I made a quick paint drawing of how it would be connected.
The IN4001 diodes drop about 0.7, but it will drop more as the power draw increases(and a bit less if the load is very low). I would guess only 1 diode would be required for this application, but if you start with 2, you can test the voltage and see what you get.
This is only 1 of many ways you can do this. As mentioned above you could use a zener diode regulator(2 components) or even a linear or switching regulator(regulators have the advantage of allowing a wide range of input voltages.), but for this project, I do not think it is required. If you knew the power consumption of your lights, you could have used a single resistor to "eat" the extra voltage.
You have 2 power supplies. 1 that is 5-6 volts @ 500ma. This power supply does not appear regulated and will most likely deliver closer to 6 volts under the light load of your leds. The LG power supply lists 5.1 and seems to be regulated. I think I would use the LG power supply.
To get power out of these units you will either have to cut the plug off or get a matching plug. Do not cut the plug off if you still need to use those power supplies.
In my illustration, you would connect to the existing battery compartment. This leaves the strobe mode and on and off switch functional. Connect negative to the far left top battery connector and positive to the lower right connector.
Once connected, before powering up(power supply plugged in and led's turned off), check the voltage with a meter set to DC(check at the newly connected battery terminals). Turn it on and check again. A small drop is to be expected as the leds will draw power once switched on. As long as you are under 4.5 volts, you are good to go. If the voltage is lower, you may notice dimmer light from the leds. This should not hurt the device or else dead batteries would hurt it.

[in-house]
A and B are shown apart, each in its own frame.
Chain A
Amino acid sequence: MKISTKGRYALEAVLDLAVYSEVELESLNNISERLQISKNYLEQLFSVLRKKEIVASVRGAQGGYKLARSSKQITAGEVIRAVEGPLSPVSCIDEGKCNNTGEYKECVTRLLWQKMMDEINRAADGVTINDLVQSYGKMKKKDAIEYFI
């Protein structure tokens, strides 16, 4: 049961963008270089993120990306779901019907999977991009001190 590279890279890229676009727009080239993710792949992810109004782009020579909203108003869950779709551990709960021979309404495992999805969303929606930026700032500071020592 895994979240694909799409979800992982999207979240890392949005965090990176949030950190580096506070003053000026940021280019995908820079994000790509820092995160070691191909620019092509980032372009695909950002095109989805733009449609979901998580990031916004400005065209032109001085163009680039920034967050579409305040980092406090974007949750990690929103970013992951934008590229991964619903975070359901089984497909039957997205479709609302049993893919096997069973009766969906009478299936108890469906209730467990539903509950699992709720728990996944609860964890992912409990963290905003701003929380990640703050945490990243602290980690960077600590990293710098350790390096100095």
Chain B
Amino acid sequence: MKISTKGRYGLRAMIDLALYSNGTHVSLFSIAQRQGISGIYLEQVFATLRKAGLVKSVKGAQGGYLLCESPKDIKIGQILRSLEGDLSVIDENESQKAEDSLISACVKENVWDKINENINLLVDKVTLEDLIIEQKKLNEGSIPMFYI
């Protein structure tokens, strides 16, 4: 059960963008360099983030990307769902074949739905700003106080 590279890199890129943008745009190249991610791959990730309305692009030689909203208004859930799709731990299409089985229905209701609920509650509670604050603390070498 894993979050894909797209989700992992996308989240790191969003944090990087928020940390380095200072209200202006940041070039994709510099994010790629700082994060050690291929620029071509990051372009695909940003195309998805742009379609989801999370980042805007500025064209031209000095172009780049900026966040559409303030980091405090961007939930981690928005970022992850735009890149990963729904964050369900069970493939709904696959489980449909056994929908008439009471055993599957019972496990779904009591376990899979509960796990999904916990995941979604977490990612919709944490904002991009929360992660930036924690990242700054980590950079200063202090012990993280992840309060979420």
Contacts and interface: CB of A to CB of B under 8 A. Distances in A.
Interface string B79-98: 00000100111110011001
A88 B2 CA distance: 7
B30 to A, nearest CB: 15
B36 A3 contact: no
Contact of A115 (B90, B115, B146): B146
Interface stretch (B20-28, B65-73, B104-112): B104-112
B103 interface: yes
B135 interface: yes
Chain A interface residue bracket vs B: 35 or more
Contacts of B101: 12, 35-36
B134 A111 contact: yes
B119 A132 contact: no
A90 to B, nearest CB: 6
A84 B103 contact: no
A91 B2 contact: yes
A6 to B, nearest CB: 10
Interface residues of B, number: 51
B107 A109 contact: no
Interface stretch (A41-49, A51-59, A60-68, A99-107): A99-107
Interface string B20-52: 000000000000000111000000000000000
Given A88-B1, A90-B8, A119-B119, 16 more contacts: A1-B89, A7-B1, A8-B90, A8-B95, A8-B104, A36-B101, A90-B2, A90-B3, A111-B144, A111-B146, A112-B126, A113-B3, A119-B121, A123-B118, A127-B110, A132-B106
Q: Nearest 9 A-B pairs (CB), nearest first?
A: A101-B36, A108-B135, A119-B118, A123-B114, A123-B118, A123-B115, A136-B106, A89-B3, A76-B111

If you have questions. just ask. I will try to make a demonstration picture a bit later today.
Here is a practical setup for testing. I have about 200ma of leds when run from 4.5 volts. The blue one is because I had no white with long leads left.
I placed the 2 IN4001 diodes in series with the + side. This causes about 1.54 volts to be dropped leaving about 3.46 volts. LEDS are dimmer, but light and will last forever.
With a single diode the voltage drop was about 0.8v leaving about 4.2 volts. leds are slightly dimmer, but with batteries the voltage had to drop overtime anyway.
I hope this gives you an idea of what I was talking about. You can also get USB or other plugs that can be mounted on the light. This would give a clean finished look to the project. I also would not use diodes to drop lots of voltage. if you had 12 volts, a switching regulator would be best(much less heat than a linear regulator).
EDIT first image has been re-added. I just fluke noticed it does not work on some mobile devices.